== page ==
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Policy makers need to understand lived experience when it comes to gendered violence

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Women's Monument in Minto Park, Ottawa. Flickr/lezumbalaberenjena

We’re half way through Woman Abuse Prevention Month, time to look at some initiatives Ontario’s government has put in place to make it easier for women, and their children, to leave abusive intimate partner relationships.

On September 8, 2016, Ontario’s Residential Tenancies Act (RTA), 2006 underwent a significant change. Women are now able to terminate leases with only 28 days’ notice when they, or their children, experience harassment, domestic or sexual abuse at the hands of a current or former partner; or while in a dating situation; or by a person who resides in the rental unit and who is related by blood, marriage or adoption to the tenant or to a child who resides with the tenant. The change from the standard 60 days’ notice applies equally to monthly, yearly and longer leases.

Tenants claiming domestic or sexual violence as the reason for lease termination are obligated to notify landlords in writing that they, or their child(ren), have suffered harassment, domestic or sexual abuse. In addition, the landlord must be given a copy of either a court ordered restraining order, access order or peace bond issued within the past 90 days.

Landlords are prohibited from discussing the situation and from advertising or showing the unit until the current tenant has vacated the premises. Under the RTA, landlords violating confidentiality are subject to fines of up to $25,000 and corporations face fines of up to $100,000.  Landlords may also be liable for an order for damages from the Landlord and Tenant Board.

The provision falls under Ontario’s Sexual Violence and Harassment Action Plan which claims this improvement allows women to leave unsafe living environments quickly. 

While the change to the RTA does in fact make it easier for women to break their leases, it does not necessarily mean that they can leave the abusive situation sooner -- because, where is she going to go? To illustrate this scenario, let’s use the city of Hamilton which is in the midst of an affordable housing crisis.

The average one bedroom apartment costs $960 per month while a two bedroom fetches $1,197. The average vacancy rate for 2015 was 1.8 per cent. Thanks to the gentrification of Hamilton this situation will only deteriorate further.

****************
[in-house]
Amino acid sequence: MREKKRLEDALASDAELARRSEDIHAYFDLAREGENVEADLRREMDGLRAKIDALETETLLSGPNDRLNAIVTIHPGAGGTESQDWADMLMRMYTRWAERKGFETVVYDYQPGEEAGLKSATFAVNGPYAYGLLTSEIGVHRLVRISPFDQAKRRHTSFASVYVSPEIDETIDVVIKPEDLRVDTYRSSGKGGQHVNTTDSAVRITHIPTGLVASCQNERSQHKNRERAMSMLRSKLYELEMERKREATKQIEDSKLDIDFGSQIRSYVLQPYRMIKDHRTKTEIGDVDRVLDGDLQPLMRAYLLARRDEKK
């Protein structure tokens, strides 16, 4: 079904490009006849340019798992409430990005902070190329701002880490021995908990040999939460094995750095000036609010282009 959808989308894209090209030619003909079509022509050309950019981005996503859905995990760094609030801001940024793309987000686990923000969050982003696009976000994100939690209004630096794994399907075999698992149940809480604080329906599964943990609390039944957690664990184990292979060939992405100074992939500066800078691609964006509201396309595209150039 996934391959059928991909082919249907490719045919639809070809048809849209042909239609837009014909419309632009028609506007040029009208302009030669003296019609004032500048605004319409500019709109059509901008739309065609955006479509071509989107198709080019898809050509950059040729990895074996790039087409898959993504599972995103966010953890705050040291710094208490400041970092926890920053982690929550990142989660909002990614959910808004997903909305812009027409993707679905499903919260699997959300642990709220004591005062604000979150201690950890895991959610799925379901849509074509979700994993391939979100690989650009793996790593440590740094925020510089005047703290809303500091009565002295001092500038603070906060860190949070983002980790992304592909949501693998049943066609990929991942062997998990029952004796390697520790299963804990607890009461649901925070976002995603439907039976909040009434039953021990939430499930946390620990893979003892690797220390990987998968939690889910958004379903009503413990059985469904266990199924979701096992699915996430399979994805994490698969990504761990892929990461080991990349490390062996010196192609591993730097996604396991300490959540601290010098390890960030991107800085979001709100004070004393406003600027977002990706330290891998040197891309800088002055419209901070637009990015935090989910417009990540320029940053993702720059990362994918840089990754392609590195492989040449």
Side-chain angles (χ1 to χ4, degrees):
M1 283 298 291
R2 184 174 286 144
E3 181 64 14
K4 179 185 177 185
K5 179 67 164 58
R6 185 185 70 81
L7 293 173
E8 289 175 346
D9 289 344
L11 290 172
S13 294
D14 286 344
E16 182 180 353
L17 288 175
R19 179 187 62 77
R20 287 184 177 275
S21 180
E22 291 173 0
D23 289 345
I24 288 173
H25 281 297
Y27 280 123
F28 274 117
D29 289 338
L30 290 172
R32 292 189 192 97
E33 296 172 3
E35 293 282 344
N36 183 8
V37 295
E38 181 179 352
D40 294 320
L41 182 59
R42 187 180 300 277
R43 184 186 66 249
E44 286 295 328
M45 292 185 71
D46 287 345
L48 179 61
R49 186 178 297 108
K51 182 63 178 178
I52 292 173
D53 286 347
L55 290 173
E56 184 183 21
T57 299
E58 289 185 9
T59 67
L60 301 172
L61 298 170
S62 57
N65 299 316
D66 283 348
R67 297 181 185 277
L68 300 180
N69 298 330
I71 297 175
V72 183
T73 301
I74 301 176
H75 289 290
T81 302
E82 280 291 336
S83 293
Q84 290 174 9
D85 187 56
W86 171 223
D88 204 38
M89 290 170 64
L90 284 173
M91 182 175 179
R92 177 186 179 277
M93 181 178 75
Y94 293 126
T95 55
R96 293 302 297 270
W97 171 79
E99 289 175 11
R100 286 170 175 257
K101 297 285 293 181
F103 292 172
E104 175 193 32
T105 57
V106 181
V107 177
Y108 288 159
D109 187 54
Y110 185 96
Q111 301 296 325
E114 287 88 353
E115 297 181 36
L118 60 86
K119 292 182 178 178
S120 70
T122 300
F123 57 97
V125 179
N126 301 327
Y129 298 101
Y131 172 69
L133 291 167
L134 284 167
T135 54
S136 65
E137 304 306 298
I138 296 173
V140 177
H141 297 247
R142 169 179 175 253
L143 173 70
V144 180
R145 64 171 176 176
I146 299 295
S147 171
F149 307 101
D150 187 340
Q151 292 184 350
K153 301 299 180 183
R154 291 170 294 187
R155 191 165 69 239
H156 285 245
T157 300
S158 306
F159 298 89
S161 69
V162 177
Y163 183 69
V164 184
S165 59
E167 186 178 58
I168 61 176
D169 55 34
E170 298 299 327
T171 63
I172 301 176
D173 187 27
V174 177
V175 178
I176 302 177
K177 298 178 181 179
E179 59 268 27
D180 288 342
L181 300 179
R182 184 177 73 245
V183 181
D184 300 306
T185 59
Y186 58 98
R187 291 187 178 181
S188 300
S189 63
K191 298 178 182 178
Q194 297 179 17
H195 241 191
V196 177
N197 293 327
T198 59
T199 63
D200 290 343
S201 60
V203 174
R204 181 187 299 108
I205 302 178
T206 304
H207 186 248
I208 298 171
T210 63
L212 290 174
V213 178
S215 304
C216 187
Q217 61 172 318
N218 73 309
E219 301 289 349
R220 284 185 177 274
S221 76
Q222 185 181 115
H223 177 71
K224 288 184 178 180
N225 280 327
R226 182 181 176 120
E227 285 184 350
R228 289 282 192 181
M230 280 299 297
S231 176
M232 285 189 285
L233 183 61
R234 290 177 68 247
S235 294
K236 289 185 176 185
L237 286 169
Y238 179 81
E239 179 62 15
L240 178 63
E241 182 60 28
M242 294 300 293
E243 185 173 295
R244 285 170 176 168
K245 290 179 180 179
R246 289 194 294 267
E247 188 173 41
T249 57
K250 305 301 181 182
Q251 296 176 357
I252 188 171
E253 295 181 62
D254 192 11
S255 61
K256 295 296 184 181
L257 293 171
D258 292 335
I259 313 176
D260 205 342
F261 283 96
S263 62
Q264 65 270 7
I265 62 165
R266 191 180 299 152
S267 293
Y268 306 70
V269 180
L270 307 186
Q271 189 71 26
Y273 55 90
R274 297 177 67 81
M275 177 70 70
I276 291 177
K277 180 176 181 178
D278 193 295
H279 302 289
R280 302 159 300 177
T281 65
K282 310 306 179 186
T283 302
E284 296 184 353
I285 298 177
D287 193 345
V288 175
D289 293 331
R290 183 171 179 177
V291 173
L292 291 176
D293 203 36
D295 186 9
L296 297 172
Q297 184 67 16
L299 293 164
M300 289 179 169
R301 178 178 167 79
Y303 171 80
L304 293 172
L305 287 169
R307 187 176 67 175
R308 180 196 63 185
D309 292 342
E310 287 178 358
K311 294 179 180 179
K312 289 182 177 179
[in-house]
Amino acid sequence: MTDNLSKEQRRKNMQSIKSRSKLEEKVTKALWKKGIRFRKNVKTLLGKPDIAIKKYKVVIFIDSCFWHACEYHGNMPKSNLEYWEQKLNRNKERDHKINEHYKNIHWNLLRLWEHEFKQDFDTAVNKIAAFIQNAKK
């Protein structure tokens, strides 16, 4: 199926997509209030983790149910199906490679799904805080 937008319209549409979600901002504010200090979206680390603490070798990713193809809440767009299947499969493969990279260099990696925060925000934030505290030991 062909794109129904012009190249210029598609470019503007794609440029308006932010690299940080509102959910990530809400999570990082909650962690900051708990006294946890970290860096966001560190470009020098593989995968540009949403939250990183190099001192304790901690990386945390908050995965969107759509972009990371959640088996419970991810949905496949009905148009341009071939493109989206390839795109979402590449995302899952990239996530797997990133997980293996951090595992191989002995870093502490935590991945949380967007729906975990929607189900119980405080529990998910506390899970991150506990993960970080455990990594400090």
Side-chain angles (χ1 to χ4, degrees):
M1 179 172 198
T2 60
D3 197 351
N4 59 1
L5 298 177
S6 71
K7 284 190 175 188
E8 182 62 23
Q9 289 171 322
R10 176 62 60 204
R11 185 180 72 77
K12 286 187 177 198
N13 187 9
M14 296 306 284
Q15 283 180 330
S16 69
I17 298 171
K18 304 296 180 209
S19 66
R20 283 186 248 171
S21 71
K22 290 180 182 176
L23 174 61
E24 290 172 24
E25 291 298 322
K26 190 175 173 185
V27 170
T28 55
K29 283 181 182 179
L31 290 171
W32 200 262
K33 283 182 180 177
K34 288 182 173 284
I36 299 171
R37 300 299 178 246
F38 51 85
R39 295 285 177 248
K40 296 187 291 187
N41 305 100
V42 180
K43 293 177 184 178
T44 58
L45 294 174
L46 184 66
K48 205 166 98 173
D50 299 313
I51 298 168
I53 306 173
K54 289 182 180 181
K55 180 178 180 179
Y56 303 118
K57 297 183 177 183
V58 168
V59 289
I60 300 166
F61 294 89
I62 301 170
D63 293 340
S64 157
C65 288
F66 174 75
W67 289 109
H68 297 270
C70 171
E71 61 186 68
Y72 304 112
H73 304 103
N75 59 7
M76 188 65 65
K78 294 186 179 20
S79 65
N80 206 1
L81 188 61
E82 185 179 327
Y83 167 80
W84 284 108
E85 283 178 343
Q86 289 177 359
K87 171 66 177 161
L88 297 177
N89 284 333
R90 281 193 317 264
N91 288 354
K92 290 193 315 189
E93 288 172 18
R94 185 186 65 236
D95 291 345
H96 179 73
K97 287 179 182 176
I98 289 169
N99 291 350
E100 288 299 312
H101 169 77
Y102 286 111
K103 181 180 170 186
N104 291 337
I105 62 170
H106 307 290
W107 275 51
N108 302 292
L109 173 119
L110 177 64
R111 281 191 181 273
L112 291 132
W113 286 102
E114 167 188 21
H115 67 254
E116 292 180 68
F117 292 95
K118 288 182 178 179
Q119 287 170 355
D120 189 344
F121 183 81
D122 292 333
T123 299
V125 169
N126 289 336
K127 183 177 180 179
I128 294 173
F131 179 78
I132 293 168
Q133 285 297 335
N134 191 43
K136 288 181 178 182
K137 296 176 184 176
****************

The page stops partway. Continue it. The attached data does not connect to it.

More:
5,700 households in Hamilton are currently on the waiting list for subsidized housing.

Each month about 100 women are turned away from shelters in Hamilton. This number does not include their children.

Without a national housing strategy that includes provisions for affordable and subsidized housing options, this situation will only worsen. So, while it’s true women can break their leases with 28 days’ notice, many will have to remain in their abusive situations because they literally have nowhere else to go.

Women relying on the Ontario Disability Support Program (ODSP) and Ontario Works (OW) could also use a hand up when it comes to leaving and healing from abusive relationships. I’ve often written that the Provincial government needs to end the practice of clawing back child support from custodial parents receiving ODSP and OW. Child support is not income, it’s money paid by the non-custodial parent to ensure that children have the necessities they would normally enjoy if their parents were still together.

In its February 2016 budget, the Wynne government announced that it would discontinue this regressive practice. The change will be implemented Jan. 1, 2017 for ODSP recipients and Feb. 1, 2017 for OW recipients.

The exemption will put more than $75 million a year in the pockets of families receiving social assistance. This is fantastic! More children will be raised out of poverty and given a better childhood – or will they?

According to the provincial government’s press release, “The full exemption will help increase the monthly income of almost 19,000 families, most of whom are single-parent households. This exemption will mean that eligible families receiving social assistance benefits will receive an average of $282 more per month -- or $3,380 annually -- from child support payments. This will benefit some of the province's most vulnerable children.”

That means a single mother of one child on ODSP receiving $1,638 monthly will now have an additional $282 per month. A single mother of one child living on OW receiving $1,062 monthly will also have another $282 per month on average. If these women were living in Hamilton, or any other city for that matter, about $1000 per month would go towards rent alone leaving $920 and $344 respectively to cover all other living expenses. Could Helena Jaczek, Minister of Community and Social Services please explain how this is raising children out of poverty?